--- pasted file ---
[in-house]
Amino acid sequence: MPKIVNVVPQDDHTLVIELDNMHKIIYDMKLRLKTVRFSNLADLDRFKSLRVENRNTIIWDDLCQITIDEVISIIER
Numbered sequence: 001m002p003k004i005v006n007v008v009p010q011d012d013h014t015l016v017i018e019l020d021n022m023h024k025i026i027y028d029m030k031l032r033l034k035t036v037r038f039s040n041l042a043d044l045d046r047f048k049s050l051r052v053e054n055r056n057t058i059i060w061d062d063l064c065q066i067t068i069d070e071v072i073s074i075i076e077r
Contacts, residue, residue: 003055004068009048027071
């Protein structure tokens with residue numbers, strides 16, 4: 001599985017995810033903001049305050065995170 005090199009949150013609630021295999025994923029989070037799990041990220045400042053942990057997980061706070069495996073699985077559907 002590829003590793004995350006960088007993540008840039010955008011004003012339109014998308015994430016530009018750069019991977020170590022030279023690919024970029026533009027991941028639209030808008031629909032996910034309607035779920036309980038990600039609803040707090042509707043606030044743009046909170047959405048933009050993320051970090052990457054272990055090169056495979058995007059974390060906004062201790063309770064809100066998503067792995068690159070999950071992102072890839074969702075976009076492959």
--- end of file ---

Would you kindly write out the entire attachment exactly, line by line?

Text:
[in-house]
Amino acid sequence: MPKIVNVVPQDDHTLVIELDNMHKIIYDMKLRLKTVRFSNLADLDRFKSLRVENRNTIIWDDLCQITIDEVISIIER
Numbered sequence: 001m002p003k004i005v006n007v008v009p010q011d012d013h014t015l016v017i018e019l020d021n022m023h024k025i026i027y028d029m030k031l032r033l034k035t036v037r038f039s040n041l042a043d044l045d046r047f048k049s050l051r052v053e054n055r056n057t058i059i060w061d062d063l064c065q066i067t068i069d070e071v072i073s074i075i076e077r
Contacts, residue, residue: 003055004068009048027071
């Protein structure tokens with residue numbers, strides 16, 4: 001599985017995810033903001049305050065995170 005090199009949150013609630021295999025994923029989070037799990041990220045400042053942990057997980061706070069495996073699985077559907 002590829003590793004995350006960088007993540008840039010955008011004003012339109014998308015994430016530009018750069019991977020170590022030279023690919024970029026533009027991941028639209030808008031629909032996910034309607035779920036309980038990600039609803040707090042509707043606030044743009046909170047959405048933009050993320051970090052990457054272990055090169056495979058995007059974390060906004062201790063309770064809100066998503067792995068690159070999950071992102072890839074969702075976009076492959």